Davos 2015: world leaders still care more about economic competition than the environment

The elite offered no more than platitudes to the poor countries that will be most damaged by climate change


In their annual festival of networking, workshops and Dom Perignon, the world’s business and political leaders last week convened for the 45th World Economic Forum held in the exclusive Swiss ski resort of Davos.

With delegates descending in a carbon-infused haze of over 1700 private jets and paying a reported $40,000 a ticket, the likelihood of meaningful resolutions on climate change and global inequality were nebulous from the start.

A forum to discuss solutions to today’s environmental and economic challenges, those who naively expected hard promises on climate issues will undoubtedly be left frustrated. With only 17 per cent of attendees being women, Davos’ commitment to promoting gender equality appears just as flimsy.

The environment was ostensibly high up on the 2015 agenda, with over 23 sessions dedicated to climate change, resources security and sustainability. The President of the World Bank Jim Kim addressed the WEF and called for urgency in dealing with climate change.

Yet he failed to accept that the same system of global capitalism which inherently produces inequalities on an international scale is the same system which erodes environmental resources and depletes biodiversity levels.

Refusing to accept any conflict between the world’s rich polluters and poorer nations which suffer disproportionately from environmental degradation, Jim Kim declared:

“We have got to get away from the mutual accusations between rich and poor and move towards cohesive collaboration. Things are different and if we can find ways of being creative, particularly on funding, we are more likely to find agreement.

“What we don’t want is to get to a situation where developing countries are saying to the rich countries: ‘where’s that $100bn a year you promised us’.”

So the concept of historical emissions – the fact that ‘developed’ countries have contributed the most to climate change over the centuries – was quickly hidden under the table.

Meanwhile Al Gore announced plans for a 24-hour-long live music extravaganza is to be held in June as a grand scale climate change awareness raising exercise – with concerts involving more than 100 as yet unannounced acts on seven continents. After all, why take drastic measures to curb carbon emissions when you can hold a series of mega-fun music concerts?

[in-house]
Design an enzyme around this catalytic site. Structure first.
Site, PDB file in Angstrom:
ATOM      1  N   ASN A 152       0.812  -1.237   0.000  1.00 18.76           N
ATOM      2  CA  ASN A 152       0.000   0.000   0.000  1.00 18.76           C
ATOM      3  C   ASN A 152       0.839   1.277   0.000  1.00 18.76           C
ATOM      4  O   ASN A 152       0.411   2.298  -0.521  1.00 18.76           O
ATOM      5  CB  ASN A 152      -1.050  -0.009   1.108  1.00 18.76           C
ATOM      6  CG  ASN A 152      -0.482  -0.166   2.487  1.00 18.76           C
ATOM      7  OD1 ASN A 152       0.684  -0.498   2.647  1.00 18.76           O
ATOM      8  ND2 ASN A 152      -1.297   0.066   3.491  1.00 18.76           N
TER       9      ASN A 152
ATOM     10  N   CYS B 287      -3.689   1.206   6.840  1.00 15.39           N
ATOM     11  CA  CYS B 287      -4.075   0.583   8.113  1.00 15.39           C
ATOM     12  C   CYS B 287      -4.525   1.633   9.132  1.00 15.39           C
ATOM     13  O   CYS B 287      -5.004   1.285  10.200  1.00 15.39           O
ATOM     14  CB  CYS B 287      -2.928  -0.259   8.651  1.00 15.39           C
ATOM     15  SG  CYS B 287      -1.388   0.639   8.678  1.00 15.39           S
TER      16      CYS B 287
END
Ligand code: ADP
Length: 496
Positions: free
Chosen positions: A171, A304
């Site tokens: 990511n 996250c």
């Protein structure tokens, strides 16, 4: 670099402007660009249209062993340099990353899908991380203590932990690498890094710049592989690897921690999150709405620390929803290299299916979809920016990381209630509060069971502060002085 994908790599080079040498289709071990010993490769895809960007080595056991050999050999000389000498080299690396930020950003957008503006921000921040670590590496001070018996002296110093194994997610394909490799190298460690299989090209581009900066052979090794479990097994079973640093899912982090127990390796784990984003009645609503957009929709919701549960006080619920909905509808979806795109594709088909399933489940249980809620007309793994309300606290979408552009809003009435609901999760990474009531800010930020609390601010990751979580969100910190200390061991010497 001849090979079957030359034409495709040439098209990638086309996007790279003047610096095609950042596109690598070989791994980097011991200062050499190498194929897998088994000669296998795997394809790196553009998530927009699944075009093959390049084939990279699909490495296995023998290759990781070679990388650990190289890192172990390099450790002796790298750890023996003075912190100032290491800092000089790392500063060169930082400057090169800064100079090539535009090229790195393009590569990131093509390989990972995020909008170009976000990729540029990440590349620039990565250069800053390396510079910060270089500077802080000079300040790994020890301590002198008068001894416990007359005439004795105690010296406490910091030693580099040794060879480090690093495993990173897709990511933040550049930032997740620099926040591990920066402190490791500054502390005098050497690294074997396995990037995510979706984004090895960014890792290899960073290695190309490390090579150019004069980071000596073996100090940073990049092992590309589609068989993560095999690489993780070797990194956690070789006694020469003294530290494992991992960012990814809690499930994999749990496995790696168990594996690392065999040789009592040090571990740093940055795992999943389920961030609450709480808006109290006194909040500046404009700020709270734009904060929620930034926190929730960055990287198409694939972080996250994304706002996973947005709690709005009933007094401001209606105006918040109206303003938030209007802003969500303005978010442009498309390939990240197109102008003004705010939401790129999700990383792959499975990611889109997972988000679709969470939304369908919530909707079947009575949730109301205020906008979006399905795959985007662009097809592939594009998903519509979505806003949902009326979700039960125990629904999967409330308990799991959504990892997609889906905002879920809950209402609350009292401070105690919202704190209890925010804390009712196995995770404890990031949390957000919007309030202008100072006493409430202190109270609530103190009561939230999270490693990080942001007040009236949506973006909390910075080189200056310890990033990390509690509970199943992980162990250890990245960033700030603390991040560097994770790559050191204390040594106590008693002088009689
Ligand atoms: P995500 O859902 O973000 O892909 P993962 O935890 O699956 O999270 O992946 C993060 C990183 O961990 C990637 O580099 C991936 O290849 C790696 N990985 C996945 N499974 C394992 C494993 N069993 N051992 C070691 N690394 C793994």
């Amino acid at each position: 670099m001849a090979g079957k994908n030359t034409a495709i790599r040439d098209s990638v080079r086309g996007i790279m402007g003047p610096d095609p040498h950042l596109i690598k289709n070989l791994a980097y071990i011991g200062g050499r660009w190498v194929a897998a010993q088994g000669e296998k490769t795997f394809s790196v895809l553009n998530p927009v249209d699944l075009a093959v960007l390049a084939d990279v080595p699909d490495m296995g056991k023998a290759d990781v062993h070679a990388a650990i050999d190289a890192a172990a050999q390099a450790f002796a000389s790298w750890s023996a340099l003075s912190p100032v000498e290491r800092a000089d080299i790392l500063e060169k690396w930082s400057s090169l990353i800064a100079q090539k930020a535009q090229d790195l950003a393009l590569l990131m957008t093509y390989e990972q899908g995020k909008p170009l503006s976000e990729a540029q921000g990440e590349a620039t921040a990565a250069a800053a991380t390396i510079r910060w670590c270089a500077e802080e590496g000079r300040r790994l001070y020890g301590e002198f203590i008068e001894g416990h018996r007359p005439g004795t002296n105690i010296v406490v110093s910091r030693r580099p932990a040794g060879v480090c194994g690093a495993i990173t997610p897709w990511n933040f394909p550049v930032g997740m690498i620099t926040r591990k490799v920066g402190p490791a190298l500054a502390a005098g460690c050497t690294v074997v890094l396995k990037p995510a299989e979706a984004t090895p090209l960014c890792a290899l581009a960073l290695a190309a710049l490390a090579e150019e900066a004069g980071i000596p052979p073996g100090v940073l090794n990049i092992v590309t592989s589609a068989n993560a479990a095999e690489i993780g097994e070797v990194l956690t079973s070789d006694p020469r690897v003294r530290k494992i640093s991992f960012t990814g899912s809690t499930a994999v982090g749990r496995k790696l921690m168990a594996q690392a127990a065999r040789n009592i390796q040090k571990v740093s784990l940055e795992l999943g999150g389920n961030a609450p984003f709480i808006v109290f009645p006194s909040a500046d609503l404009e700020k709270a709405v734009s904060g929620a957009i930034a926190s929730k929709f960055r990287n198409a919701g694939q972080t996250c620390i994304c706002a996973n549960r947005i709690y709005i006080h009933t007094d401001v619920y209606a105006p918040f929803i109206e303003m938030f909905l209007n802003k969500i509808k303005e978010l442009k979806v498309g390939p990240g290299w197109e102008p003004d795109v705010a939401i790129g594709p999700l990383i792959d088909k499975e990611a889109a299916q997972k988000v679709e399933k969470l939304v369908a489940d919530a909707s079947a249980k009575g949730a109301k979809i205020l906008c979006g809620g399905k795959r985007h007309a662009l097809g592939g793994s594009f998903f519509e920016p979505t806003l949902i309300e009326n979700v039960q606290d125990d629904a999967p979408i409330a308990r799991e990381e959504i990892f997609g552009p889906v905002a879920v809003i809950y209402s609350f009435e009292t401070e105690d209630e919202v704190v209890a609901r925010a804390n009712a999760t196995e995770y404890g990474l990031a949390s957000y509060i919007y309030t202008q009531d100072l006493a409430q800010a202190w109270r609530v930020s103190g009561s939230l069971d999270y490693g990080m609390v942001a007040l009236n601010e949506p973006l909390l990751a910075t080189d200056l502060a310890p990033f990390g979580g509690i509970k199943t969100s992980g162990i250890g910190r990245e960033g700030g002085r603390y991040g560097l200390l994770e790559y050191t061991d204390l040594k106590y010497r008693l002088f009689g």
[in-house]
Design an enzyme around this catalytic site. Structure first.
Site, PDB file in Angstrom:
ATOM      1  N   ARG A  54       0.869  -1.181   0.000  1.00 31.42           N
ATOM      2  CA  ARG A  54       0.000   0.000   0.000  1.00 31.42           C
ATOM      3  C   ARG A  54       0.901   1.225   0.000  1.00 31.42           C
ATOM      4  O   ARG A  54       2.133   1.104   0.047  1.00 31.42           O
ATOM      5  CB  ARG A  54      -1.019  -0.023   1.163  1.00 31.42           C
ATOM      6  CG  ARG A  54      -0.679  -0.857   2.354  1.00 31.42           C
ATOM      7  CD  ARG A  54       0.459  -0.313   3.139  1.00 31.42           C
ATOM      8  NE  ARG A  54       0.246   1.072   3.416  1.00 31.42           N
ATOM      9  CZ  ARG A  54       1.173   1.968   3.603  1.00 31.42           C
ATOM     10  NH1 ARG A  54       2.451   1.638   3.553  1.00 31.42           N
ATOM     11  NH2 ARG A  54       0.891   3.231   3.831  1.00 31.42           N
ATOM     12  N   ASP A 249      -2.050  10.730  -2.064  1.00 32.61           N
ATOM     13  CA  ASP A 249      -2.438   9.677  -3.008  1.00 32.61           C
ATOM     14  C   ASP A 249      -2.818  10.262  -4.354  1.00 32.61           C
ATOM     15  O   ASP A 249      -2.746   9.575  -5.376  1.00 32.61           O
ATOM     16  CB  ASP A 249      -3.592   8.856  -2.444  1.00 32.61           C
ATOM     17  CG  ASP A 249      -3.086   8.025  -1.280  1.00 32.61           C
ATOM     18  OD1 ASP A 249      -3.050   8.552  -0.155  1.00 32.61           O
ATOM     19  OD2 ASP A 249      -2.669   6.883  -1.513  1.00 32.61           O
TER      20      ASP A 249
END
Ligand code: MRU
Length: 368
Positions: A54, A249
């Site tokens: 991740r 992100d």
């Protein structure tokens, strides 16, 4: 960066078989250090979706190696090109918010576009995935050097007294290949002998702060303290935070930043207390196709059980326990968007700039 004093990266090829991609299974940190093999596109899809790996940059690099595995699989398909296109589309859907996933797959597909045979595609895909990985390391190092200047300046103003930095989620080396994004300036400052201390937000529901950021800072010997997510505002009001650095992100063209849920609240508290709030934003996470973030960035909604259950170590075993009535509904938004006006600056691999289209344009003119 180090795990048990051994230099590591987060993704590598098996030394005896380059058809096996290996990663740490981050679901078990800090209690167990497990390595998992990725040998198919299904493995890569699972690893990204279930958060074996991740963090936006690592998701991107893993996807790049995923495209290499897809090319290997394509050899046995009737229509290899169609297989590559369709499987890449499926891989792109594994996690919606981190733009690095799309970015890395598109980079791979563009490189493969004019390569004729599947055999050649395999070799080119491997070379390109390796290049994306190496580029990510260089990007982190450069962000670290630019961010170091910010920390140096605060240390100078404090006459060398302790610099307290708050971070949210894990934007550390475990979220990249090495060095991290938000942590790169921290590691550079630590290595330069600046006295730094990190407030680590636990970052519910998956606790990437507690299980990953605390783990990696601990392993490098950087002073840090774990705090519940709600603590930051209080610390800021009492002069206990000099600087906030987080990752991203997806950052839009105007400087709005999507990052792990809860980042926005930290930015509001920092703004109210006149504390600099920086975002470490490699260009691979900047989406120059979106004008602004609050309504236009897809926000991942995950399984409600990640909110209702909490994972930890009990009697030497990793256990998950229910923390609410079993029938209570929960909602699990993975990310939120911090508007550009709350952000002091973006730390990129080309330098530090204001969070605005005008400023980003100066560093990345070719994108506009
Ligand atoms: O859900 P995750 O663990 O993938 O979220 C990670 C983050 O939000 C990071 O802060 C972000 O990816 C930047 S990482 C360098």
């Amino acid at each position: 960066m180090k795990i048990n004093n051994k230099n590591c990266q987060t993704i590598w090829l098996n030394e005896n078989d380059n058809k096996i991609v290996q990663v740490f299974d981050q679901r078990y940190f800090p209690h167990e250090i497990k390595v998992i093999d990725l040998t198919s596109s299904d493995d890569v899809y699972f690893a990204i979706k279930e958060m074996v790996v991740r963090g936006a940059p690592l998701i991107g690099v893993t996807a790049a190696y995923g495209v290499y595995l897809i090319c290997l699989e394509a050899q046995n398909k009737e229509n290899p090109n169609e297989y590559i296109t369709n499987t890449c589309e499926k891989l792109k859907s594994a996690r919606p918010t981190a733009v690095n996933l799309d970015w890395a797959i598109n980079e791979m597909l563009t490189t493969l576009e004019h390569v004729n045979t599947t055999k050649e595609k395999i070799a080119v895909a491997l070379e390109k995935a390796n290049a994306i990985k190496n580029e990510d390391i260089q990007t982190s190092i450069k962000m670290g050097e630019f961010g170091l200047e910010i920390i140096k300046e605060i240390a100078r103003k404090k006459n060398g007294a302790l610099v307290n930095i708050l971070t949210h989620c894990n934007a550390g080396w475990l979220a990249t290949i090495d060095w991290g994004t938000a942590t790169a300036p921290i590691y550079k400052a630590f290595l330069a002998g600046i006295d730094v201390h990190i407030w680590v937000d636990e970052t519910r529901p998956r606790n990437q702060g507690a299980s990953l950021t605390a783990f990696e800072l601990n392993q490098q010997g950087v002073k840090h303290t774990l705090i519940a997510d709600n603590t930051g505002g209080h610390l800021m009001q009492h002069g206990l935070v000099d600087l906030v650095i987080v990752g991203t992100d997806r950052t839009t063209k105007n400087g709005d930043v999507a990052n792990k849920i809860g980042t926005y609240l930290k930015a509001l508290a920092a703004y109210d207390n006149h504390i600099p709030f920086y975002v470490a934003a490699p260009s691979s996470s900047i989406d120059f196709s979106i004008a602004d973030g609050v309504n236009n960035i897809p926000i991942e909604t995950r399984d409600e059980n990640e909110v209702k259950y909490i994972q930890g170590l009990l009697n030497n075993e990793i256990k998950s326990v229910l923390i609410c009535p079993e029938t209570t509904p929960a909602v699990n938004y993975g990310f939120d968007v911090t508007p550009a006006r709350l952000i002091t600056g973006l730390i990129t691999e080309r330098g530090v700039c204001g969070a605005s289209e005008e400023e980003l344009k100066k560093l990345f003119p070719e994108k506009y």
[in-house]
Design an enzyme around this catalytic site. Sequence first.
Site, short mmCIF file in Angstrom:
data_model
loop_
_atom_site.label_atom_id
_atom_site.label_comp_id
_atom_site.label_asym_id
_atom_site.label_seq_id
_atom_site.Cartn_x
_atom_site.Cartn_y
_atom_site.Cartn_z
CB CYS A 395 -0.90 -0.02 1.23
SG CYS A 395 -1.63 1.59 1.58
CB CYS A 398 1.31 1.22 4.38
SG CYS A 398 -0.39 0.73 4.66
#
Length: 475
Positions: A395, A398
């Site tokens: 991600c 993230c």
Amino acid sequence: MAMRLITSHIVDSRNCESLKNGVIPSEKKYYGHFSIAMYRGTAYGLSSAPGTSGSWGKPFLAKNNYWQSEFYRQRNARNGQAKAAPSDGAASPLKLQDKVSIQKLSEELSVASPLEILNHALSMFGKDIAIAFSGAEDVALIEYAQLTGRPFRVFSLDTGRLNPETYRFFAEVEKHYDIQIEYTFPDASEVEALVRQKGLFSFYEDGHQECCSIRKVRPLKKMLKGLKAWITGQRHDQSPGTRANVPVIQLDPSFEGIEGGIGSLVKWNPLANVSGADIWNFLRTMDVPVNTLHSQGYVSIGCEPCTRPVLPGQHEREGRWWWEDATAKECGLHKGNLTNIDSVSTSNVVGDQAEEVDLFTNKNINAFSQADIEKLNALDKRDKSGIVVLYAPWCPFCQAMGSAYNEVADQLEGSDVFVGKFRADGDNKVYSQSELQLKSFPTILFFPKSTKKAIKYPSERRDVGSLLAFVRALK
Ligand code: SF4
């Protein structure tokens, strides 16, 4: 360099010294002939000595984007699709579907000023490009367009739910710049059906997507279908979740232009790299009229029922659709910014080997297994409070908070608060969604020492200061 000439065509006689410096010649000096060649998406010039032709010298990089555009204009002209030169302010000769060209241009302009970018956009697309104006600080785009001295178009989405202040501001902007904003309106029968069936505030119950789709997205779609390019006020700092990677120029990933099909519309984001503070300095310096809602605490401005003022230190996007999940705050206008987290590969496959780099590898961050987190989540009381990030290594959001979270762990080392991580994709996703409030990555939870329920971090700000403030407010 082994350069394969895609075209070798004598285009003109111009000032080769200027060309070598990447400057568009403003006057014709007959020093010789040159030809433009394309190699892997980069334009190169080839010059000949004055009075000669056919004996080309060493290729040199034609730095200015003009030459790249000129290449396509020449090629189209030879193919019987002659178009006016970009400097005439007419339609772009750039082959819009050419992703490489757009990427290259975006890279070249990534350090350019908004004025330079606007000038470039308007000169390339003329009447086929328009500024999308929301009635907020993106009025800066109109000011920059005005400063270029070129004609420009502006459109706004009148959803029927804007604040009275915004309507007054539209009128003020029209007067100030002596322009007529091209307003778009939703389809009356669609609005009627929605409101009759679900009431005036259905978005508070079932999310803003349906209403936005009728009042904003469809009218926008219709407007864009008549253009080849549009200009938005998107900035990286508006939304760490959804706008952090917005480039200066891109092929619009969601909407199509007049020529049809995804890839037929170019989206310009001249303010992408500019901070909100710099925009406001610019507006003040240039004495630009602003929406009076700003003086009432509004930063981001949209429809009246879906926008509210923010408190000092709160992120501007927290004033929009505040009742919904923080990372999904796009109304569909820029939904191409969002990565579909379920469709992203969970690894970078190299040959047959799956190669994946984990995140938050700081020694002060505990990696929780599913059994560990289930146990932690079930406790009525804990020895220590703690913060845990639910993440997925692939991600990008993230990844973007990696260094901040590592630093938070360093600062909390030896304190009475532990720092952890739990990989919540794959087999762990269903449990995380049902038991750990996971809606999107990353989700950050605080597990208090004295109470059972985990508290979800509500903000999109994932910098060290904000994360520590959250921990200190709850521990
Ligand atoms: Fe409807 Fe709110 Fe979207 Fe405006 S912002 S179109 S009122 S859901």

Davos 2015 has merely reaffirmed what the green movement knew all along; global capitalism and environmental degradation are inextricably linked. If climate change is to be seriously tackled in our lifetimes, we need to rethink the global economic model which prioritises competition, growth and domination over sustainability, environmental protection and economic equality.

There is a growing body of evidence which supports the necessity of economic reconfiguration as the only mechanism of addressing climate change while creating sustainable jobs. A report by Cambridge Econometrics published in September 2014 outlined the economic benefits to the UK in adjusting to a carbon neutral economy.

Davos 2015 ultimately did nothing to dismantle, or even question, our current system in which highly economically developed counties continue to pollute at the expense of poorer nations, which are also the least equipped to deal with the disastrous effects of climate change.

World leaders offered platitudes of ‘poverty alleviation’ and promised nothing of substance to the global poor. After all, as Naomi Klein has outlined in This Changes Everything: Capitalism vs the Climate, the world’s corporate elite have little to gain from altering a system which secures their profit margins at the expense of the planet. The climate crisis is inevitably a crisis of capitalism.

But what Davos has underlined is the urgent necessity of a renewed surge in grass-roots collective struggle to secure limits on carbon emissions, promote climate jobs and curb fossil fuel consumption to prevent further global temperature rises.

This September, leaders will meet in Paris for the COP21 environmental talks. Grass-roots, local campaigns are mobilising in earnest to force world leaders to take decisive, meaningful action on climate change. The stakes are now too high not to.

Olivia Arigho Stiles is a former associate editor of the Oxford Left Review. She now works as a journalist and blogs here. Follow her on Twitter

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